Throughout every day each person has varying blood sugar levels. After food consumption, our blood sugar often rises between 120-130 milligrams per decaliter (mg/dL) triggering pancreatic beta-cells to release insulin. Then glucose is allowed to enter mainly body fat, liver, and muscle cells. As a result, the blood sugar level falls back to normal and insulin secretion diminishes until the next meal is ingested.

People with diabetes have insulin levels too low resulting in blood sugar levels too high, or hyperglycemia. Symptoms of hyperglycemia include dry skin, frequent urination, thirst, vision changes, weight loss, and reduced resistance to infection. Persistent hyperglycemia results in injury to the nervous system, and blood vessels particularly of the eyes, and kidneys, leading to greater risk for Alzheimer's disease, cardiovascular problems, infections, and stroke. The two major types of diabetes are Type 1 insulin dependent (IDDM) and Type 2 non-insulin dependent (NIDDM).

Affecting 5-10 percent of diabetics, physicians consider Type 1 IDDM an autoimmune disease since insulin producing pancreatic beta-cells are destroyed by the body's own immune system. Typically striking before the age of 20, it is also referred to as juvenile-onset diabetes. Scientific research suggests contributing factors include nutrition or viral infection. Theoretically several insulin injections per day are required for sufferers to survive.

Often striking middle-aged and older people, the more common form Type 2 NIDDM affects 90-95 percent of diabetes sufferers. Researchers do not completely understand how Type 2 NIDDM develops but it results from a combination of reduced production of insulin from beta-cells and a decrease in the body's ability to use insulin, referred to as insulin resistance. However, several factors have been identified which increase a person’s risk for developing this syndrome including obesity or excess body weight, and lack of exercise.

Between the US lifestyle of consuming larger portions of high-calorie food complicated by lack of exercise, the incidence of Type 2 diabetes has significantly risen especially among the ethnic groups of:

  • African,
  • Asian/Pacific Islander,
  • Latino, and
  • Native Americans.

Consequently, a large industry has emerged around traditional
diabetic research and treatment including oral diabetic medicine, pumps, surgery, and injectable rapid, intermediate, and long-lasting insulin. Regrettably, diabetic medicine puts people at risk for blood sugar levels too low, resulting in hypoglycemia. Initial signs of hypoglycemia are confusion, dizziness, hunger, palpitations, and sweating. If a person is left untreated, it can rapidly progress into disorientation, seizures, loss of consciousness, and they could lapse into a coma.

The cost of money and the suffering of people with this long-term ailment is staggering. The American Diabetic Association stated in their Economic Costs of Diabetes in the US in 2007, direct medical costs of diabetes care, chronic diabetes-related complications, and general medical costs, plus indirect costs including disability and work loss, now total $174 billion. Even though the American Diabetes Association Website states diabetes is an incurable disease, apparently there are countless numbers of people managing this malady with diet and exercise. The CDC acknowledges this in their 2007 fact sheet. In fact, some individuals are very public figures. For example, last November actress Halle Berry shocked the country by stating she had weaned herself off her insulin and was managing her health with diet and exercise, which she shouldn't be able to do with Type 1 diabetes. This caused an entire flurry of debates within the medical community. In a state of disbelief some stated this wasn't possible, while other physicians stated she had been initially misdiagnosed.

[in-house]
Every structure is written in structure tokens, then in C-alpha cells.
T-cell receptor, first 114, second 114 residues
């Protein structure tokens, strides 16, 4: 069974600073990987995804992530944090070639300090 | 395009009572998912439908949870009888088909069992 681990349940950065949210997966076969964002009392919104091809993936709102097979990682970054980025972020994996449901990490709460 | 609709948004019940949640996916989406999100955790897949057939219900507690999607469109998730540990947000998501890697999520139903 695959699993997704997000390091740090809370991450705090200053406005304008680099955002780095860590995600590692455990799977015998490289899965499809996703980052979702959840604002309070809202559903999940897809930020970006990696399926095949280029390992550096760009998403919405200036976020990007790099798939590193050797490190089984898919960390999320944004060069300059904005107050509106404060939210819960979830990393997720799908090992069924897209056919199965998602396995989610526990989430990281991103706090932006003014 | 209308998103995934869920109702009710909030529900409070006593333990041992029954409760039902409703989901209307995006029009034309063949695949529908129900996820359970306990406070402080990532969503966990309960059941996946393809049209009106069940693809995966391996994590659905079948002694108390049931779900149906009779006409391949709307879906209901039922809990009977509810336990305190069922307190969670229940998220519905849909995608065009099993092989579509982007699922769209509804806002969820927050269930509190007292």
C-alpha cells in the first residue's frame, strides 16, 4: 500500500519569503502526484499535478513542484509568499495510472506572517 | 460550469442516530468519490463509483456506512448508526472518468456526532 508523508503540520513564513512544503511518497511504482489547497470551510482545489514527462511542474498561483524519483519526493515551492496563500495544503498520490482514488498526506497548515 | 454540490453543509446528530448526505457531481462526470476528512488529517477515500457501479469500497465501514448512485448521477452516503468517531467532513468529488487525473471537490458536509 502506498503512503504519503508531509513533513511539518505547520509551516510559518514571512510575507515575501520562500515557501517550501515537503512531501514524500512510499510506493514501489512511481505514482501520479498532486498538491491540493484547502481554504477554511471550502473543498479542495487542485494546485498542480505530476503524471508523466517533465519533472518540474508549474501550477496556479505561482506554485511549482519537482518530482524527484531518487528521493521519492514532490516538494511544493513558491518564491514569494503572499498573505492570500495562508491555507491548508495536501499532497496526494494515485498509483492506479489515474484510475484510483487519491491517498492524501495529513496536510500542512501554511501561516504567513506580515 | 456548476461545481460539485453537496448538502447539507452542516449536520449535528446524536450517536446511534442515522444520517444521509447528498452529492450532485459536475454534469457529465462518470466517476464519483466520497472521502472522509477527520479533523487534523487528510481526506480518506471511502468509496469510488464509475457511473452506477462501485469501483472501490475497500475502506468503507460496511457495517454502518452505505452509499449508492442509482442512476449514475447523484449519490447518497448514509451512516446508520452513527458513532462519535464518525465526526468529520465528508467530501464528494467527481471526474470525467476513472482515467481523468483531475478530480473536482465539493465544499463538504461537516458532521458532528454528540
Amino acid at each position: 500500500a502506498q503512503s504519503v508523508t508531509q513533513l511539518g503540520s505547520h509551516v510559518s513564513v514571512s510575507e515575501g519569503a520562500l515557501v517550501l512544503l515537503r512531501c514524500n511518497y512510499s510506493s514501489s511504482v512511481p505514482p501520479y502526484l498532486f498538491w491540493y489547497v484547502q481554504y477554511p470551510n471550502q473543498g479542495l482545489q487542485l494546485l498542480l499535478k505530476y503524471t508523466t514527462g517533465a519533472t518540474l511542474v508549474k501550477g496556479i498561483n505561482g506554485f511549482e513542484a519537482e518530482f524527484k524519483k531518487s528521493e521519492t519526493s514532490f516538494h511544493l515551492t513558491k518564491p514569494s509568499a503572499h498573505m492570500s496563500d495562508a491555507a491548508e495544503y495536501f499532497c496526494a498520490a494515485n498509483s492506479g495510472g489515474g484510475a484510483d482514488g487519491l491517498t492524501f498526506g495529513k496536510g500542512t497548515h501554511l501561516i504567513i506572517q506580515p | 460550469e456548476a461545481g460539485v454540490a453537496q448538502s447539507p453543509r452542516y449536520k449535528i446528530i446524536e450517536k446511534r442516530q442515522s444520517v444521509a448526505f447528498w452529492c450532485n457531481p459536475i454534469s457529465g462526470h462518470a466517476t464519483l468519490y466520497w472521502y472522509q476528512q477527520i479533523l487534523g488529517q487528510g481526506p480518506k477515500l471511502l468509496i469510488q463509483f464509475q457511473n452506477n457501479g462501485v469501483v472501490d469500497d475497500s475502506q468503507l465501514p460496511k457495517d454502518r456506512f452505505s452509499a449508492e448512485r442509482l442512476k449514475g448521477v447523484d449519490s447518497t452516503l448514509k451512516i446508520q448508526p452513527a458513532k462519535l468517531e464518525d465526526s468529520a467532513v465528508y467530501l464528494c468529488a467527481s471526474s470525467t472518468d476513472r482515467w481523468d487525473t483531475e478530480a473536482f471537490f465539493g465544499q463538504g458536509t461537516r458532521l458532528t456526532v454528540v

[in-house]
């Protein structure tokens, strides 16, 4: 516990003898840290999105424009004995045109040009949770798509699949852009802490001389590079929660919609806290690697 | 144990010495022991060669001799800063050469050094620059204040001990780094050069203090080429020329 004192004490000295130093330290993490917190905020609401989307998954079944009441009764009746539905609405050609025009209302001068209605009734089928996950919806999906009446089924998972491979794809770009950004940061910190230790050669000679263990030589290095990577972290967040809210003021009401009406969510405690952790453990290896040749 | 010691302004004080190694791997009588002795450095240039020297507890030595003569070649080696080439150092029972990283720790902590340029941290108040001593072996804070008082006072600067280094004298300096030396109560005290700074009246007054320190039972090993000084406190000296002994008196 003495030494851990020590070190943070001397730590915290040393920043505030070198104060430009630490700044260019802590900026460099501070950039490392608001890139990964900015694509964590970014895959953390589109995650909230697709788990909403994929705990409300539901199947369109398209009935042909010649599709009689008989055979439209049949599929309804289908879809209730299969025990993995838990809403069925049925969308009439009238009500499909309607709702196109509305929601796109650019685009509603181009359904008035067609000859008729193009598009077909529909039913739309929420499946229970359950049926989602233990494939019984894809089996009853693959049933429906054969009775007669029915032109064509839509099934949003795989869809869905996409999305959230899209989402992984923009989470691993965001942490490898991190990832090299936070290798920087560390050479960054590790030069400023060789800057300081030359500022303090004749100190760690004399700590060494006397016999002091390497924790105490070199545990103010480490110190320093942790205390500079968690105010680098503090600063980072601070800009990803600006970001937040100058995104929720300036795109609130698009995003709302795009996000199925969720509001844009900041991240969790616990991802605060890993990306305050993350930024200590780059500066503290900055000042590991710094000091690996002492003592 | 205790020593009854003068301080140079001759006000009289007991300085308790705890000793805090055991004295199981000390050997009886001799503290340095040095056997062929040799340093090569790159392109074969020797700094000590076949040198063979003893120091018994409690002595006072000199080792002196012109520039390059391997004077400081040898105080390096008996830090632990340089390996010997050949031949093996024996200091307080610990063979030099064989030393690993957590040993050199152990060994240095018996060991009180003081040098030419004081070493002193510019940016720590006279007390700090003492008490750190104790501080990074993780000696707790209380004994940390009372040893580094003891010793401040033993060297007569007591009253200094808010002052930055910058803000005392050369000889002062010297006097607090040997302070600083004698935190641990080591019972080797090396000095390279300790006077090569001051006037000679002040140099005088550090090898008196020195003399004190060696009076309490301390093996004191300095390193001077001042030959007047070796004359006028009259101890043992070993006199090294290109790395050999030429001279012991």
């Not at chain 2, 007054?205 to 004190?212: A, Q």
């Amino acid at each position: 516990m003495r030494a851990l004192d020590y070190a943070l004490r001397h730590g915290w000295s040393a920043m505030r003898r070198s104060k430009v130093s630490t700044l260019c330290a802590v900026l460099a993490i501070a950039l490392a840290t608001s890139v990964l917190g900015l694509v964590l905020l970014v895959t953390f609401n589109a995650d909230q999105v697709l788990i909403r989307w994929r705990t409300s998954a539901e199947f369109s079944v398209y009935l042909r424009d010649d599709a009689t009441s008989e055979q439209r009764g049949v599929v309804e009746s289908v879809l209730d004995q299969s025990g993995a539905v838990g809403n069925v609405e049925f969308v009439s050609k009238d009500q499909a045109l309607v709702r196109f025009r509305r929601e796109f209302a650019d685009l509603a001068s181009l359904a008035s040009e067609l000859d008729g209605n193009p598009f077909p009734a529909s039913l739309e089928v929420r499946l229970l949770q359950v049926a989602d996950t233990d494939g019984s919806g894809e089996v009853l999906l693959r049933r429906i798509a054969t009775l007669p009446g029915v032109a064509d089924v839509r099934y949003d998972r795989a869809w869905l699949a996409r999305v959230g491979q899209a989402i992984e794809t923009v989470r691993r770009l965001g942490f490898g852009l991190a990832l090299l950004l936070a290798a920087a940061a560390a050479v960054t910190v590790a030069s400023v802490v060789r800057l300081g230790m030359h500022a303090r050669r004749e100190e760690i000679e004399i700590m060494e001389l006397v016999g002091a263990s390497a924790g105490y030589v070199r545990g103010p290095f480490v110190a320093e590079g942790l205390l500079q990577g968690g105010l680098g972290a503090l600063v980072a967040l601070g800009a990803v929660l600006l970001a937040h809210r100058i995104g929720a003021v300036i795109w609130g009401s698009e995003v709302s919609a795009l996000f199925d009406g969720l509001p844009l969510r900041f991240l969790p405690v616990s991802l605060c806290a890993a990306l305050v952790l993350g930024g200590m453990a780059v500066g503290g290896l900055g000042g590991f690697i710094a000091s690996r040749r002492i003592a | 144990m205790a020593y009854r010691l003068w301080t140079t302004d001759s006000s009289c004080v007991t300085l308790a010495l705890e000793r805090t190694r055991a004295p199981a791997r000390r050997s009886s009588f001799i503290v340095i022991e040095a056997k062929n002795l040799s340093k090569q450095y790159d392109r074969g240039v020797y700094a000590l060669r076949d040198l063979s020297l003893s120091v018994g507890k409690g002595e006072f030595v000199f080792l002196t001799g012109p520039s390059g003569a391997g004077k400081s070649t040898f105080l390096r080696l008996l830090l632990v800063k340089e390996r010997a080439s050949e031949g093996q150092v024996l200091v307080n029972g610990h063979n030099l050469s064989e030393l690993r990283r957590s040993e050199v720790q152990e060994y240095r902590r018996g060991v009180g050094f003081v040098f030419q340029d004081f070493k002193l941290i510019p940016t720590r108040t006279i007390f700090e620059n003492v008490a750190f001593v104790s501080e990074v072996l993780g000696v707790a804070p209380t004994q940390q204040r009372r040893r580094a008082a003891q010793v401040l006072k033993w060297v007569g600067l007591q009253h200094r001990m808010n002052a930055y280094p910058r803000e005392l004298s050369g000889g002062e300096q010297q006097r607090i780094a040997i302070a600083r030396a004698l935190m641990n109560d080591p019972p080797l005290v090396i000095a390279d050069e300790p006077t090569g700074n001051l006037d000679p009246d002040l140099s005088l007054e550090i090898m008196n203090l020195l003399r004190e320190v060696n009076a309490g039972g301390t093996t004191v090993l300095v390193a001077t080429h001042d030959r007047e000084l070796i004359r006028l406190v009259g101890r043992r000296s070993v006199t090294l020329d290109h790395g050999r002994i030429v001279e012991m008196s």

But what if diabetes expense and suffering is not necessary? What if the American obsession with alcohol, caffeine, dairy, fast ood, nicotine, processed food, soda, and sugar are causing more health problems and suffering than we realize? Dr. Gabriel Cousens, the well-known holistic medical physician specializing in alternative healing and raw living food nutritional therapies, produced a very enlightening documentary Simply Raw: Reversing Diabetes in 30 Days chronicling six diabetic Americans who went to the Tree of Life Rejuvenation Center in Arizona. Here they embarked on a 30-day health regimen of diet change to vegan, organic, uncooked foods to reverse disease and get off of pharmaceutical medication. Each participant struggled with exercising, learning about food selection and preparation, and practicing yoga and meditation. Some adapted to the new diet and new lifestyle more easily, while others felt deprived and frustrated. To tell the truth, I was amazed a group of diabetics could get such obvious results in as little as 30 days and it left me reviewing my own diet, lifestyle, and willpower.

To say the least, the cliché: you are what you eat may have more meaning than we realize. In summary, perhaps our American lifestyle and diet have more to do with the growing diabetes problem than we are aware of or care to admit. In the final analysis, if a change in diet and lifestyle can free people from suffering with diabetes, maybe other illnesses can be managed this way also.








© Debby Bolen